Then another visitor comes over and the dance stats again.

For once I had visitors who wanted to see my studio and did not need to use the spare bedroom. That meant I had a reason to uncover the floor!

Here are pictures of my studio in its pristine state. Take a look now as it will only last until the next guest appears. Then I will have to find the spare bed.

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Judith Says…

That’s how I preface any spinning question I get: “Judith MacKenzie says…” I have taken several workshops from Judith both spinning and weaving and she has been a treasure trove of information. Her stories are fascinating. She has traveled the world and given the spinning and weaving community so much. Her books and videos are the best instruction out there. I use her Mother MacKenzies Miracle Dyes for my shibori scarves.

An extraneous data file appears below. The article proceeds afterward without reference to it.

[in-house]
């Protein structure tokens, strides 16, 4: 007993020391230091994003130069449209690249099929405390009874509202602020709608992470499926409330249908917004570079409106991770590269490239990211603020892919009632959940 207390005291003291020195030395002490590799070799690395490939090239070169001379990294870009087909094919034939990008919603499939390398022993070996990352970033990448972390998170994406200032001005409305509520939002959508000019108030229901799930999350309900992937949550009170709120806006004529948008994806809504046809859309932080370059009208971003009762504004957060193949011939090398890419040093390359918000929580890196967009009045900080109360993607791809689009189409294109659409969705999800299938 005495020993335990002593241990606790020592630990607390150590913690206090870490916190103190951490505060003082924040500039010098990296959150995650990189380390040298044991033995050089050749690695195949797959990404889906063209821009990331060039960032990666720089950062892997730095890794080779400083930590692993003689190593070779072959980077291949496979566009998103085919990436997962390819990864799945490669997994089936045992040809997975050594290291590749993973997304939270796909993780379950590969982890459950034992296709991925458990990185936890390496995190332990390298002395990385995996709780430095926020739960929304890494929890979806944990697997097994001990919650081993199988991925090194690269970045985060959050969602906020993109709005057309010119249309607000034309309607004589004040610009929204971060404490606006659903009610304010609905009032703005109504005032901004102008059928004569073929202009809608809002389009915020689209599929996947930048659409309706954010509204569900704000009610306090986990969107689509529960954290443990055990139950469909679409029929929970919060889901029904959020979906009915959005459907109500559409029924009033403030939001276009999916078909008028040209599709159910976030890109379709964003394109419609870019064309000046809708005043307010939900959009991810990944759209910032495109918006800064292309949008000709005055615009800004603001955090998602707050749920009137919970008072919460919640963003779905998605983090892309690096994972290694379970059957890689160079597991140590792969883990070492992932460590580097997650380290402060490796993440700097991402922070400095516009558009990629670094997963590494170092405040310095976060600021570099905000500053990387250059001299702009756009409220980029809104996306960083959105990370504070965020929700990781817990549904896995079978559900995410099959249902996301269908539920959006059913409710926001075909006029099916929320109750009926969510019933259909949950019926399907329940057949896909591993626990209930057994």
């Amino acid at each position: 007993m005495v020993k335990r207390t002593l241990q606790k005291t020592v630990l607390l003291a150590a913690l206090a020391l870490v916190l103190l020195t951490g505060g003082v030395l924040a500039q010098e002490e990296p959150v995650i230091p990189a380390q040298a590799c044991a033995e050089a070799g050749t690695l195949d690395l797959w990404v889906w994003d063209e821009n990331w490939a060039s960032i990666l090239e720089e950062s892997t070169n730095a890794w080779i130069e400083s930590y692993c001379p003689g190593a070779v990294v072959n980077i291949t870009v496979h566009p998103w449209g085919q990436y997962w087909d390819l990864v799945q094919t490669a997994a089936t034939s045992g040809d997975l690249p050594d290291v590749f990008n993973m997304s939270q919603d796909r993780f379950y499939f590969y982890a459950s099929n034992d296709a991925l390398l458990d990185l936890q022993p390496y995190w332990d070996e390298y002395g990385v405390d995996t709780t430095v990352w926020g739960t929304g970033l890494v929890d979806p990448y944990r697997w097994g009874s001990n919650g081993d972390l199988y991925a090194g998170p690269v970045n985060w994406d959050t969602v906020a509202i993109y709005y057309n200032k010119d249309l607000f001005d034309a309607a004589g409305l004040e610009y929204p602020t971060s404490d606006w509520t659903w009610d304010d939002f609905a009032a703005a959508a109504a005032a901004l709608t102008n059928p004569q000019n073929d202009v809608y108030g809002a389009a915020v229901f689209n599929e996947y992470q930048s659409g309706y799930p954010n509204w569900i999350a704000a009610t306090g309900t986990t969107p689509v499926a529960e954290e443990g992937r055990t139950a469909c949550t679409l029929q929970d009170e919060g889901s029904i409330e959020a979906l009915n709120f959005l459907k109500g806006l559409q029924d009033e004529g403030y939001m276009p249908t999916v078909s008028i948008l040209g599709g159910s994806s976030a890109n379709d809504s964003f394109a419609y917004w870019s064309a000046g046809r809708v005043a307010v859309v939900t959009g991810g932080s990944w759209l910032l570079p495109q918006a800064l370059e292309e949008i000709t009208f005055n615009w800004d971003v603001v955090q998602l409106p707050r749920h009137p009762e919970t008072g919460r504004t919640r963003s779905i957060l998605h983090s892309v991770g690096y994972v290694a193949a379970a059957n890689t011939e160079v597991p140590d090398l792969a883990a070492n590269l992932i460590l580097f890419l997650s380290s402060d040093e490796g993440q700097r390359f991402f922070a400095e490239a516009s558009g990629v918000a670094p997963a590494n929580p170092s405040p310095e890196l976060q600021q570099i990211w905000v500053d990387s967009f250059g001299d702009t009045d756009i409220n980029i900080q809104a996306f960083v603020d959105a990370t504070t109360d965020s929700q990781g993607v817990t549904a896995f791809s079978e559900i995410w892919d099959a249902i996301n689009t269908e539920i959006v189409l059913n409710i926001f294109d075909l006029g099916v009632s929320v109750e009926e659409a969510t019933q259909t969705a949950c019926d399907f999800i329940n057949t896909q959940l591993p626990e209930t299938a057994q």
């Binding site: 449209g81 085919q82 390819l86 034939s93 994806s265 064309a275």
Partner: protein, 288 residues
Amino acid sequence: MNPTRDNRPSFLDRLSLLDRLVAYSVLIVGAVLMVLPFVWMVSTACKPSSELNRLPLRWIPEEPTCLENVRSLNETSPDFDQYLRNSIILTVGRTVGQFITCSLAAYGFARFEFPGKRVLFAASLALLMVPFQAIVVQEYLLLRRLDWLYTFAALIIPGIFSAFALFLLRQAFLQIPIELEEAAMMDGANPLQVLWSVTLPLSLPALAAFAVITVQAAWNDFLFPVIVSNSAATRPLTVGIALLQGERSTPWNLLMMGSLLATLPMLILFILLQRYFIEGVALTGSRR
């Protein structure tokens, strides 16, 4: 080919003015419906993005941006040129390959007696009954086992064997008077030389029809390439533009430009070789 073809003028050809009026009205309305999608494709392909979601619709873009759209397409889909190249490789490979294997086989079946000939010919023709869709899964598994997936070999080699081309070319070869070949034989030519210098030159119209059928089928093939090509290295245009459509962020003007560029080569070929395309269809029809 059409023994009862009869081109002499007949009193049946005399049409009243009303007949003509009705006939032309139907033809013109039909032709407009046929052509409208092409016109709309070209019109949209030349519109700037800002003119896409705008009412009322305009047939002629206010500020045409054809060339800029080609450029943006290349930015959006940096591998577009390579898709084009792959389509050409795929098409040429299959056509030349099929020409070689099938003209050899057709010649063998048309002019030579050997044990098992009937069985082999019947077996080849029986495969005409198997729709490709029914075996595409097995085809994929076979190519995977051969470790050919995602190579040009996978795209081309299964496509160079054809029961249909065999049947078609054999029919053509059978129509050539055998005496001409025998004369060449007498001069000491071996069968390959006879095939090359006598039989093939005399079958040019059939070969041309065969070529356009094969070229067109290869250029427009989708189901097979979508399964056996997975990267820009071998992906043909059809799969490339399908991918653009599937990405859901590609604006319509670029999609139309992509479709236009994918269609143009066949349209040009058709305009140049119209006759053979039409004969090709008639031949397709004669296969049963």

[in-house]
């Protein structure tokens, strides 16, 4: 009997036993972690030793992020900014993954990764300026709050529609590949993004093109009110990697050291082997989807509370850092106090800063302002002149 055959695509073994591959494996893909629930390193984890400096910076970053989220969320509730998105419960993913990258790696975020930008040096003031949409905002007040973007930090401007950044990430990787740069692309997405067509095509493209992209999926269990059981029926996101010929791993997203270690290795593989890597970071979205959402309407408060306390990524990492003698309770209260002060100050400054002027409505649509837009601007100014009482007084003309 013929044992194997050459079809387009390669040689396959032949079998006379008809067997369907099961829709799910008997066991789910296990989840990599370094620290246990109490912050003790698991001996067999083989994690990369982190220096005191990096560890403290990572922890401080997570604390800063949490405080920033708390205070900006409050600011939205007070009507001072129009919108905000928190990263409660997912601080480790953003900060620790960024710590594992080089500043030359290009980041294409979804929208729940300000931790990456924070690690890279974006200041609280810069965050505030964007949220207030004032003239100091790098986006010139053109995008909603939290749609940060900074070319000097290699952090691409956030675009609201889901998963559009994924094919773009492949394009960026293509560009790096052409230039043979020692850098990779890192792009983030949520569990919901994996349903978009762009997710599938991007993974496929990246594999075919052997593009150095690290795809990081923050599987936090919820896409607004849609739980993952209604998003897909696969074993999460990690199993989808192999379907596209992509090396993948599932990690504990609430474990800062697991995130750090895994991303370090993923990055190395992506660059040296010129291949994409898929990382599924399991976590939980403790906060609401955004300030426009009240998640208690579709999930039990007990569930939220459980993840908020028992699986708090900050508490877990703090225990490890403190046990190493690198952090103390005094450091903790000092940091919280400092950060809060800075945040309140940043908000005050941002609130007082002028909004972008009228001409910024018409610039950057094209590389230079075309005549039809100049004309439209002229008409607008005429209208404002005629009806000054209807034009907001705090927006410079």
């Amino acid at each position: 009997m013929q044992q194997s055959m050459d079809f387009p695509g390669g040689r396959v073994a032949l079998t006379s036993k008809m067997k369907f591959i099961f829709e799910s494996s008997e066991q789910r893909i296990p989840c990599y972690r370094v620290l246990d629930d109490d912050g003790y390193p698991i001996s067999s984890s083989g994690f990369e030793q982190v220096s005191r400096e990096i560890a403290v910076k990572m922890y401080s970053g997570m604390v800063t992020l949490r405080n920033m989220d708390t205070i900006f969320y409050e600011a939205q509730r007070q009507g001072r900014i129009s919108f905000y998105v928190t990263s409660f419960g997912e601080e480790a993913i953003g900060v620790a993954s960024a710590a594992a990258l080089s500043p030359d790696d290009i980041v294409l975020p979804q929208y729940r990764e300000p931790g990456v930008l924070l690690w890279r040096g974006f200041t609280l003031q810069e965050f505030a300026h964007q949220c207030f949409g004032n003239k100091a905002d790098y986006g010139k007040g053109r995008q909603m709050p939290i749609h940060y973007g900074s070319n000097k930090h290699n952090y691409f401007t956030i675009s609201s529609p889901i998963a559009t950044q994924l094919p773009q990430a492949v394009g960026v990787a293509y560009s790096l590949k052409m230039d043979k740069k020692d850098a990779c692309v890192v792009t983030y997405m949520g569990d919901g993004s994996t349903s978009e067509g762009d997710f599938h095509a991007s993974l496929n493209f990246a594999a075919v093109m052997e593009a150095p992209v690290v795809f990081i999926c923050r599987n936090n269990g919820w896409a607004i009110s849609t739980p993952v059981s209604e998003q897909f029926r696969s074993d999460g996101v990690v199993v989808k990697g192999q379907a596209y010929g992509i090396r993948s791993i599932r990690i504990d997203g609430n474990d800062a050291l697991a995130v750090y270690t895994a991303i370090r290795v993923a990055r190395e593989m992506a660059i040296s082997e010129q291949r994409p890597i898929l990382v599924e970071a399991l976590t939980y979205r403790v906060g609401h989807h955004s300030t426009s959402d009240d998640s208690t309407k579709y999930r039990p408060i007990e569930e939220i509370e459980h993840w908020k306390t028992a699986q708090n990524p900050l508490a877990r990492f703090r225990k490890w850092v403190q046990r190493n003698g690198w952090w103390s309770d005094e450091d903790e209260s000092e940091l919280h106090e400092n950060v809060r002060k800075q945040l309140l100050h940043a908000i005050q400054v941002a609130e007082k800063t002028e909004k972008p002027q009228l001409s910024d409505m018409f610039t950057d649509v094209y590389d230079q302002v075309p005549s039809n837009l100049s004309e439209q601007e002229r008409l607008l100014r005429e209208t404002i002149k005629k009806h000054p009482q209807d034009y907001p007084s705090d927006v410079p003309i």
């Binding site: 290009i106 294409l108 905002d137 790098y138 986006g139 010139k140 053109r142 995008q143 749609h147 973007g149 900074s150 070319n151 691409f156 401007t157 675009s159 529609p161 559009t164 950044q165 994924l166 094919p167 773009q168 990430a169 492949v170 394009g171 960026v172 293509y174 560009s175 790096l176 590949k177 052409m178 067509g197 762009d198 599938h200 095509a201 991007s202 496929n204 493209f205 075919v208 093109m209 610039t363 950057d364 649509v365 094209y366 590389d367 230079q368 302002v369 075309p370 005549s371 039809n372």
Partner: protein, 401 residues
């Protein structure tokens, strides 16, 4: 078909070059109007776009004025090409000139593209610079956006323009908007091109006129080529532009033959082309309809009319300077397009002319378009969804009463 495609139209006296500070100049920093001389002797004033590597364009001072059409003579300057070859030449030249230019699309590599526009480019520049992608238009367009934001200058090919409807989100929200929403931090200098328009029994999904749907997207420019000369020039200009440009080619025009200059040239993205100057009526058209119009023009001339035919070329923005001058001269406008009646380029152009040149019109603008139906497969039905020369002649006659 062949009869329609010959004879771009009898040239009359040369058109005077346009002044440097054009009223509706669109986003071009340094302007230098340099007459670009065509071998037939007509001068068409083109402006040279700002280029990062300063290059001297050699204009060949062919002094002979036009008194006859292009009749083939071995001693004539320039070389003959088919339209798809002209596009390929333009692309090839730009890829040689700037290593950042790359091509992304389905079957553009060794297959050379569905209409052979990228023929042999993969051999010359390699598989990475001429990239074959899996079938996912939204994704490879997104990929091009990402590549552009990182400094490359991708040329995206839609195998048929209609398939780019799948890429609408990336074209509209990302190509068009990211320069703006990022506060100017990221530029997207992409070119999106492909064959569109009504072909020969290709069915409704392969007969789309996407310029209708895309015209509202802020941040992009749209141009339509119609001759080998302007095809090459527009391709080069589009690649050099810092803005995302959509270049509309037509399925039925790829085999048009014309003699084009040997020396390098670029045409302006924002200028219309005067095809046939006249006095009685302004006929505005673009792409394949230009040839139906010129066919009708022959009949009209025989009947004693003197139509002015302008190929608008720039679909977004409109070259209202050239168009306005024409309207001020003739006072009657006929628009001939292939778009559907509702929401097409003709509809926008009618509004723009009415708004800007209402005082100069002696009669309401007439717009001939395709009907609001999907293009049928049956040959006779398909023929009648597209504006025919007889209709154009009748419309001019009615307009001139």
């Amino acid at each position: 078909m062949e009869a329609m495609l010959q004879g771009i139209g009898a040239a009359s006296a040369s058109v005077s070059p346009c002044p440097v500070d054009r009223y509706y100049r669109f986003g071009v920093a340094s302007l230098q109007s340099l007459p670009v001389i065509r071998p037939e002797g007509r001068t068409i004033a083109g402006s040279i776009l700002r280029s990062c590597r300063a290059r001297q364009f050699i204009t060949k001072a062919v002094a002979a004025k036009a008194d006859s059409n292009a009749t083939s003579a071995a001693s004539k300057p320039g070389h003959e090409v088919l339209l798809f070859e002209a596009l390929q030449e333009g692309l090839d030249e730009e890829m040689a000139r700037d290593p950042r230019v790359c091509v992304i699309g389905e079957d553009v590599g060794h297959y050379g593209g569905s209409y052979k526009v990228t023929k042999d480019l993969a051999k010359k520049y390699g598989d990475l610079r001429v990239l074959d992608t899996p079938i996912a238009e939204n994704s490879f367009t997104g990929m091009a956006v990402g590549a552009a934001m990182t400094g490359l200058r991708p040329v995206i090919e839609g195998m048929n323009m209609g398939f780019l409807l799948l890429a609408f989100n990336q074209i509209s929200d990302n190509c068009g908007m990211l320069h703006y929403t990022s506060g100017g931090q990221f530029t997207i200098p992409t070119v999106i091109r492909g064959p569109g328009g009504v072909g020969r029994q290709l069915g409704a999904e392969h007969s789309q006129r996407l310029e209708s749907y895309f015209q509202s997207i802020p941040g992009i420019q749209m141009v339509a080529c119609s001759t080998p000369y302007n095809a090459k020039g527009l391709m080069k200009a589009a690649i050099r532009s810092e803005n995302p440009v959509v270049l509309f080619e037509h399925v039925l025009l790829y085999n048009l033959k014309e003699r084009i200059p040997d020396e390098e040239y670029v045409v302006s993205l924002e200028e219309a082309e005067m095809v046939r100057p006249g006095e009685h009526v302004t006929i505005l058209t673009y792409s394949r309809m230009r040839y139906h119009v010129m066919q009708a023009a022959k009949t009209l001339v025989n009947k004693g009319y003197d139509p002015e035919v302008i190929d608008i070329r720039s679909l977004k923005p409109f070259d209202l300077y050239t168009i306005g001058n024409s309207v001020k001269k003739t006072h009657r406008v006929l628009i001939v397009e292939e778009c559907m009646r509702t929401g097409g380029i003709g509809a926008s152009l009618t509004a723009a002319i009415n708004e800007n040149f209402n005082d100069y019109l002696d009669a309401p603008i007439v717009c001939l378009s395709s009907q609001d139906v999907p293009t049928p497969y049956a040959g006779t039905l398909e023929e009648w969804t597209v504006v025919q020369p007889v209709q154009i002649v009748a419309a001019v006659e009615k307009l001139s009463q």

I was shocked and saddened to learn that her fiber studio had burned to the ground on October 29th. She lost EVERYTHING: looms, wheels, textile samples, and all of the necessary things we use in our craft. The best description of what happened comes from here: http://www.yarnharlot.ca/blog/archives/2012/11/02/the_way_back.html. What is worse is that she had a house fire 2 months ago as well.

There is a site to help give back to Judith: http://www.rebuildjudithsstudio.com/index.html. I am donating what I can including a shibori shawl for her auction. My husband, a chain maille artist, will be making spinning wheel hooks for the auction as well.

Judith gave of herself freely. We, spinners, weavers, dyers, knitters and all, should give back.

Time Travel

I am a time traveler.